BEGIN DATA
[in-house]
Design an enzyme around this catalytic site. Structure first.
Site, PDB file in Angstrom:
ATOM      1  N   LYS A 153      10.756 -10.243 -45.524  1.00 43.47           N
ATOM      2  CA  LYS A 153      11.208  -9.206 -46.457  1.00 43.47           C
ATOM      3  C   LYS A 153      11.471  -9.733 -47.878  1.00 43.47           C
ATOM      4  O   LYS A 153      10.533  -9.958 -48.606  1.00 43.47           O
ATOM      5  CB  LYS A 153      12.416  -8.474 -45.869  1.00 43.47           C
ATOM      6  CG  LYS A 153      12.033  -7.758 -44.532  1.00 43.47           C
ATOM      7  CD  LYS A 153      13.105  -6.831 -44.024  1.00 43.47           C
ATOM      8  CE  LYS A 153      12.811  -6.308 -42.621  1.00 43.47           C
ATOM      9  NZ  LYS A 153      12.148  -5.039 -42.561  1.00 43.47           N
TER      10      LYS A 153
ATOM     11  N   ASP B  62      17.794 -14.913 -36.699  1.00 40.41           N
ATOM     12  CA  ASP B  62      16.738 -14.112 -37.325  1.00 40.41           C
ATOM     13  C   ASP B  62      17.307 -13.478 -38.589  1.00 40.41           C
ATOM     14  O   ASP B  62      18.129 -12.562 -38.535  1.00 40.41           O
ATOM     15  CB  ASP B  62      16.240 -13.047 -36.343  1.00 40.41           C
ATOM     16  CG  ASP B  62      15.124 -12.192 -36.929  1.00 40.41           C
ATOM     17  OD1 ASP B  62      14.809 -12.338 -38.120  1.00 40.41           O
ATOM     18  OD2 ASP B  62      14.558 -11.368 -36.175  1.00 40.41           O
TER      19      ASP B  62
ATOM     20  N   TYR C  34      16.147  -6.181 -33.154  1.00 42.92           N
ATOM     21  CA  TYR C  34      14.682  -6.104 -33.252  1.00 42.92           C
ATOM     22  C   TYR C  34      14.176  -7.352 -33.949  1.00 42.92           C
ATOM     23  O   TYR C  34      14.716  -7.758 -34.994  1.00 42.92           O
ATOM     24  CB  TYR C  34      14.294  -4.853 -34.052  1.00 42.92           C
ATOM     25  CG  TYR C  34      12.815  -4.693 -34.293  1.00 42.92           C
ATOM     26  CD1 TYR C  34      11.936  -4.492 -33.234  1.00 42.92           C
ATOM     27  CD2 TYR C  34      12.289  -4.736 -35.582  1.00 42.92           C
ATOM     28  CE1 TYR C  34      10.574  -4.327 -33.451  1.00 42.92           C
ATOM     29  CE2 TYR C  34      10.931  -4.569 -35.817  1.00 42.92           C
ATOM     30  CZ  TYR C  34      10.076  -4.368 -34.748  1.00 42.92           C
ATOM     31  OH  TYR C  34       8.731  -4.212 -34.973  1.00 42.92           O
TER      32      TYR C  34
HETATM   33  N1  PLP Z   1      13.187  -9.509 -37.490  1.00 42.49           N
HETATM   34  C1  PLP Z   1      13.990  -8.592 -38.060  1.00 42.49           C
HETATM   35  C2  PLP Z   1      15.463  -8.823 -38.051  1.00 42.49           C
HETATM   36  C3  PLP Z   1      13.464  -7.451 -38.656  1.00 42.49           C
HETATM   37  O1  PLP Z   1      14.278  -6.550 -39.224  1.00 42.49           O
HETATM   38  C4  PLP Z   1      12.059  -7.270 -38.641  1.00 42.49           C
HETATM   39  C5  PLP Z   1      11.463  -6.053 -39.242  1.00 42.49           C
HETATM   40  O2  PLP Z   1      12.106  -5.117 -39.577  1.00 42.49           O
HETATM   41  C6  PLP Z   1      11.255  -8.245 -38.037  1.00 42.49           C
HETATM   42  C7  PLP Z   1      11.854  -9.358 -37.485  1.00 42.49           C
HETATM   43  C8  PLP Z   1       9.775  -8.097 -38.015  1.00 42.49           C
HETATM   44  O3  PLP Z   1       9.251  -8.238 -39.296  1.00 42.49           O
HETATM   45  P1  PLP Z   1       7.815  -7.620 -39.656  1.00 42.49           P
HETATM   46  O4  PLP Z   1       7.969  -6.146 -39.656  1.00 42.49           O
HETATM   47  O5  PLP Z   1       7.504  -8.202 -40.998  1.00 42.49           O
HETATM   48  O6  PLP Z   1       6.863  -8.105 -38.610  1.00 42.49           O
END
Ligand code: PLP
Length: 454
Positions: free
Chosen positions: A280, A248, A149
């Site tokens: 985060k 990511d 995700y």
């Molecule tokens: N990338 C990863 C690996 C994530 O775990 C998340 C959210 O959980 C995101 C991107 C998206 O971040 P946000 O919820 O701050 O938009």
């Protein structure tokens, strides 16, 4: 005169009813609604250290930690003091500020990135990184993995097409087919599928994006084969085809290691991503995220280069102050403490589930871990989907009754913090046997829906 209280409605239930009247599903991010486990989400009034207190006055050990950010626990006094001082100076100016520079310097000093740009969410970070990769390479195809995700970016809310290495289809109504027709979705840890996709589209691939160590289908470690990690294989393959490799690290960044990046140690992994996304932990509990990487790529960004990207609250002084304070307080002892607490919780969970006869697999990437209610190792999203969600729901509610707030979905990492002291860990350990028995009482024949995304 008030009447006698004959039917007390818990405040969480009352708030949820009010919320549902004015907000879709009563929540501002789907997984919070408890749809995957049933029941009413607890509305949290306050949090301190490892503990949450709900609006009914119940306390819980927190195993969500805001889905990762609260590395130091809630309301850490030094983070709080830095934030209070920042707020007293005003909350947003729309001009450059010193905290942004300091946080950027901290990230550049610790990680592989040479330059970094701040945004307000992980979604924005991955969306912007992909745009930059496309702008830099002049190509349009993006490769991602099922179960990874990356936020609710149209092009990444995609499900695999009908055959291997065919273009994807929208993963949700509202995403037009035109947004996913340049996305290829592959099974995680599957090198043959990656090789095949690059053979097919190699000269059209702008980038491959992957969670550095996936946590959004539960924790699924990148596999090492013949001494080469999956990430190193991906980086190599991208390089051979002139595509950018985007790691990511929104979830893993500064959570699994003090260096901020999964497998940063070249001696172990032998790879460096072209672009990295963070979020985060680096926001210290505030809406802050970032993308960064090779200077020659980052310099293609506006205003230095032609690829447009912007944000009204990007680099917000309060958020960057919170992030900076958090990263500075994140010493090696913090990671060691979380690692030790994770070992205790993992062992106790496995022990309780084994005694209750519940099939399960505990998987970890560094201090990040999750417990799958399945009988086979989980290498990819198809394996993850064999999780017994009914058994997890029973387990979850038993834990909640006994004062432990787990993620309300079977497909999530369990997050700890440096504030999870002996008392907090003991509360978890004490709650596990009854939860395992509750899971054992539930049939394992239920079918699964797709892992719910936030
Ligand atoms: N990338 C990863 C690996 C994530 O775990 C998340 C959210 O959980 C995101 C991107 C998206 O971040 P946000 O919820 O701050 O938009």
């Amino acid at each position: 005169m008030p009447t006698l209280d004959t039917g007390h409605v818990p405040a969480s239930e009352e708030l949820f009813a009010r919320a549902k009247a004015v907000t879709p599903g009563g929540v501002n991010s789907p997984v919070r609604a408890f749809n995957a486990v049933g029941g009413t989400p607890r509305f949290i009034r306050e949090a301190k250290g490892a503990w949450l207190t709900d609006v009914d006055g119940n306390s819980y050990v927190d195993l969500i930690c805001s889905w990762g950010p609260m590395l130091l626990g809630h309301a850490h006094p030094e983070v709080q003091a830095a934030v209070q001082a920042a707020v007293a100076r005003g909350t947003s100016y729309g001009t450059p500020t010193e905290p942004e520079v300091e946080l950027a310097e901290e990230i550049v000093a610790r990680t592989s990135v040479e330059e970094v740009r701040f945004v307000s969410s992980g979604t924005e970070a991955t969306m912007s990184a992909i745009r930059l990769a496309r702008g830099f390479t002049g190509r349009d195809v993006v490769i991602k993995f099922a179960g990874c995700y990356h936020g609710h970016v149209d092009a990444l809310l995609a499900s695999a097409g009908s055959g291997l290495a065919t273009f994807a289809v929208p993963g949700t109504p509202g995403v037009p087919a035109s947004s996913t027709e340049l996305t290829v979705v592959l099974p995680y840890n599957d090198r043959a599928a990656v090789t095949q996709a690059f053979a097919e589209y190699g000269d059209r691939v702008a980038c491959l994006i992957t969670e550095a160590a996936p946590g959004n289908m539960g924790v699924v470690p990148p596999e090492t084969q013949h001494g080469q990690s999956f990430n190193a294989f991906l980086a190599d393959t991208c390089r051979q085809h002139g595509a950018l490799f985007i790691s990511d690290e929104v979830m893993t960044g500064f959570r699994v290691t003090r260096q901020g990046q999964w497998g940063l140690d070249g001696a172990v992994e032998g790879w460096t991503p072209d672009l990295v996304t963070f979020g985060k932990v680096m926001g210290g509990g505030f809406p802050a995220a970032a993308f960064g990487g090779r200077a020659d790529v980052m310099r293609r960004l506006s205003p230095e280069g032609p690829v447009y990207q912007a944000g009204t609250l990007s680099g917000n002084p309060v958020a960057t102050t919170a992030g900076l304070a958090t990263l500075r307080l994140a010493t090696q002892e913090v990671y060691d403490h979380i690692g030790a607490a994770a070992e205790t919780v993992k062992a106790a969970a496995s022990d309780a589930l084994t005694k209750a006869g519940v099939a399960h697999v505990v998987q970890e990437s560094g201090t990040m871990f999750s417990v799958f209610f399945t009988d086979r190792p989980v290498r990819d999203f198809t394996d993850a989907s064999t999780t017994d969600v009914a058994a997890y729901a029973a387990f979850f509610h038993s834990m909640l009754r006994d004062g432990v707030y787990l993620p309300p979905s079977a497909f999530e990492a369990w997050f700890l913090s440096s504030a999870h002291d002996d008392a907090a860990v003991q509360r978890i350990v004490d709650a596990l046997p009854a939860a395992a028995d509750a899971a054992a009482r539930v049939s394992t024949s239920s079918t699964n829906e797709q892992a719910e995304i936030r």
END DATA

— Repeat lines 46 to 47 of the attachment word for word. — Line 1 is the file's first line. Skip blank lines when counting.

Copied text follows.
HETATM   43  C8  PLP Z   1       9.775  -8.097 -38.015  1.00 42.49           C
HETATM   44  O3  PLP Z   1       9.251  -8.238 -39.296  1.00 42.49           O